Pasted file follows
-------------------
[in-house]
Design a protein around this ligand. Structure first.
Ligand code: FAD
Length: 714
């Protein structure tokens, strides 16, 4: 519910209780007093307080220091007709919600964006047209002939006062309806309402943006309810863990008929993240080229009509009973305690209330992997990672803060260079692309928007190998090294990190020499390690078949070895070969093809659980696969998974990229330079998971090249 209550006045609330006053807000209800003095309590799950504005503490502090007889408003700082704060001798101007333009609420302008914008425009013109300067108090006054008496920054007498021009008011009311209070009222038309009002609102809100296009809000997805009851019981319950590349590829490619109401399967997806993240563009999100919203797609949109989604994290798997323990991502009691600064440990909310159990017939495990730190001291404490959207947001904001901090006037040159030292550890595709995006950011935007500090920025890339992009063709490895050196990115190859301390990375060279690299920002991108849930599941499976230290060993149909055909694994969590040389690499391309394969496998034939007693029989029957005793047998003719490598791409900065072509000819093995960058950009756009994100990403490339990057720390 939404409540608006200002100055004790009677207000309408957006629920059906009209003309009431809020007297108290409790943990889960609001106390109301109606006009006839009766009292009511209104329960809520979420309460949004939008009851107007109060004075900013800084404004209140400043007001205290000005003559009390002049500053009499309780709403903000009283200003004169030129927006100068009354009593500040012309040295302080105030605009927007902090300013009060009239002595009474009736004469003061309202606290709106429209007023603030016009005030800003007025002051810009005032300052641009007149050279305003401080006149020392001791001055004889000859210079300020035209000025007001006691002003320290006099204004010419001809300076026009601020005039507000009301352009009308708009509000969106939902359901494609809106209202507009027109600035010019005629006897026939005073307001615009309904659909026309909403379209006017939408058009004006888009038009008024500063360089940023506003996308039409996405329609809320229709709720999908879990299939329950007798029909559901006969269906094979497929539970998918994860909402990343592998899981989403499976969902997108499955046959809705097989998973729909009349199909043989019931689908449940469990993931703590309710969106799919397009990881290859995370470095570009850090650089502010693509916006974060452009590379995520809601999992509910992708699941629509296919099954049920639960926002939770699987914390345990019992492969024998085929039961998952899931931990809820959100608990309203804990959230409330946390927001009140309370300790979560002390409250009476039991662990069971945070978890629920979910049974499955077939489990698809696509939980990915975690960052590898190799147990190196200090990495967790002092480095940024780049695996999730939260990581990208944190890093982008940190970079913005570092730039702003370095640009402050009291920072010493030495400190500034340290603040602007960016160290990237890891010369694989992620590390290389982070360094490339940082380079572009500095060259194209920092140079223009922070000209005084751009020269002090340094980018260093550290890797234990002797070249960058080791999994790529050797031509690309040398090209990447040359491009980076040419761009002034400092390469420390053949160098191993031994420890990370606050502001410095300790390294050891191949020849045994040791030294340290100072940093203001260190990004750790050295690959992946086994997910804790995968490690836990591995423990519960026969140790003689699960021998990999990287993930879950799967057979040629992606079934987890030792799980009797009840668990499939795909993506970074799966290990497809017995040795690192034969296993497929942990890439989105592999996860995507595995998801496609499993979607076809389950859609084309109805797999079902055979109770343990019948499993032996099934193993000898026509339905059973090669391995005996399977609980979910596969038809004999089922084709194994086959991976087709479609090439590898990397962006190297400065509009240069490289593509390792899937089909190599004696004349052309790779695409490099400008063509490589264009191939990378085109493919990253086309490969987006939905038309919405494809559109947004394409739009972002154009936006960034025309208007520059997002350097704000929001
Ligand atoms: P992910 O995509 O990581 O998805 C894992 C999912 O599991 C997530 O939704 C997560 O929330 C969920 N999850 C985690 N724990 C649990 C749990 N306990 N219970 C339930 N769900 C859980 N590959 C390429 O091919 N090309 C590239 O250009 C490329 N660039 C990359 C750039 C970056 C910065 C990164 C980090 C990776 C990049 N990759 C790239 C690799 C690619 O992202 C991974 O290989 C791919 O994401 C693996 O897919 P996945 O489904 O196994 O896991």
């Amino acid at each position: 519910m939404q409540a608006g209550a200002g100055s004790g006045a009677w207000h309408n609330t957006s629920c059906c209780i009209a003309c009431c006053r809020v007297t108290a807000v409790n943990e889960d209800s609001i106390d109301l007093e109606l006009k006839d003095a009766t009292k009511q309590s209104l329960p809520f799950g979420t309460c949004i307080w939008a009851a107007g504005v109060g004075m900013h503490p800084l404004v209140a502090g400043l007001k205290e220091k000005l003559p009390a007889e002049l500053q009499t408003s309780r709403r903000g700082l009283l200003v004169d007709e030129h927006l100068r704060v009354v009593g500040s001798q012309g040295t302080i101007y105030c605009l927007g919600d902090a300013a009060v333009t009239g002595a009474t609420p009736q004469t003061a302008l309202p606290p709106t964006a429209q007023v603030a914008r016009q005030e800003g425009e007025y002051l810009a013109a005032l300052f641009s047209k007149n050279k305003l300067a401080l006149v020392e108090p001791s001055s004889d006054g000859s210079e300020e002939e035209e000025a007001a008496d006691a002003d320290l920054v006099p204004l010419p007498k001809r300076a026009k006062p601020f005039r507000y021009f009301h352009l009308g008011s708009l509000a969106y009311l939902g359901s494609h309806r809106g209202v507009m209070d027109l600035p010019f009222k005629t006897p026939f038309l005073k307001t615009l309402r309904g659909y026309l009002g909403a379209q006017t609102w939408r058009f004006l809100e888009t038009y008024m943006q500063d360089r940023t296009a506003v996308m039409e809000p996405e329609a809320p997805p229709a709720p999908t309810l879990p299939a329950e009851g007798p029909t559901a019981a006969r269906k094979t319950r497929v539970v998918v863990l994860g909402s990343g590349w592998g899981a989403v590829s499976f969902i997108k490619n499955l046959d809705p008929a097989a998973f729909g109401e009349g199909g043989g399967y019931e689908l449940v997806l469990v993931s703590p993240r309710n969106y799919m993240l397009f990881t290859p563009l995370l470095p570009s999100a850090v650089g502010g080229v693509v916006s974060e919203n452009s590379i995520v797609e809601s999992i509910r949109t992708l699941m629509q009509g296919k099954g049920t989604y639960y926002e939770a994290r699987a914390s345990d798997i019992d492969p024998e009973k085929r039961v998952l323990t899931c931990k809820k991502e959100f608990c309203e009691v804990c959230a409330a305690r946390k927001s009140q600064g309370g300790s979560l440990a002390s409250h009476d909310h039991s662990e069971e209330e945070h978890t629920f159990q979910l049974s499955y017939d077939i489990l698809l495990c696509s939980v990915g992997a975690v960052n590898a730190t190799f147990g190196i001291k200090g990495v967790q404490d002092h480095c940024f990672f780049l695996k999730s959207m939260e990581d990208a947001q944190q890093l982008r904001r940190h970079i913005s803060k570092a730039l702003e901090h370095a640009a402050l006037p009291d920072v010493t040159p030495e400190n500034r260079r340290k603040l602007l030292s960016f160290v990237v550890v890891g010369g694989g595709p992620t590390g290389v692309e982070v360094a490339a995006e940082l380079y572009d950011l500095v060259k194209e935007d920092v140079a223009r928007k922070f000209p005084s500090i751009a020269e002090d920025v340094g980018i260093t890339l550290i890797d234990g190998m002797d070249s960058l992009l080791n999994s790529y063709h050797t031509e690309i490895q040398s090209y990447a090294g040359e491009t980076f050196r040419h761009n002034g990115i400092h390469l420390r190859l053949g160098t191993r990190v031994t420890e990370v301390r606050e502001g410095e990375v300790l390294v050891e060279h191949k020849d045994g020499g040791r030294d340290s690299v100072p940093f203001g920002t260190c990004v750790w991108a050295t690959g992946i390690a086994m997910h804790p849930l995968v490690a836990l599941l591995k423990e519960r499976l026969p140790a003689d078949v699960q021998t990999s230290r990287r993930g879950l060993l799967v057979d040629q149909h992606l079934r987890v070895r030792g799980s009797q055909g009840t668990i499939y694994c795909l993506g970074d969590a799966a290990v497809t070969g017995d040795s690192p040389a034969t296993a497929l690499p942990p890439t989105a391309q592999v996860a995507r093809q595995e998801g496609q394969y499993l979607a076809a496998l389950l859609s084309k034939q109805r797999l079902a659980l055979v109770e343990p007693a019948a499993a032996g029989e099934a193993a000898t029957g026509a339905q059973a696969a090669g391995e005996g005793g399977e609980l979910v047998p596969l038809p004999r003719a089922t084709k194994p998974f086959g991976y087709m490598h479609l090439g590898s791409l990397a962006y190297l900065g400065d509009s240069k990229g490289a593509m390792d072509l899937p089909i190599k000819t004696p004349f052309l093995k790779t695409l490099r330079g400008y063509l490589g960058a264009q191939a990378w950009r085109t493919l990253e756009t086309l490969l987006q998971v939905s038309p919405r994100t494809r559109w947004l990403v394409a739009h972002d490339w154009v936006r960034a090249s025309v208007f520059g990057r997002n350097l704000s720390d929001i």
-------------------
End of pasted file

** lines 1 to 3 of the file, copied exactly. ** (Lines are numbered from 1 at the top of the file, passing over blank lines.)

[in-house]
Design a protein around this ligand. Structure first.
Ligand code: FAD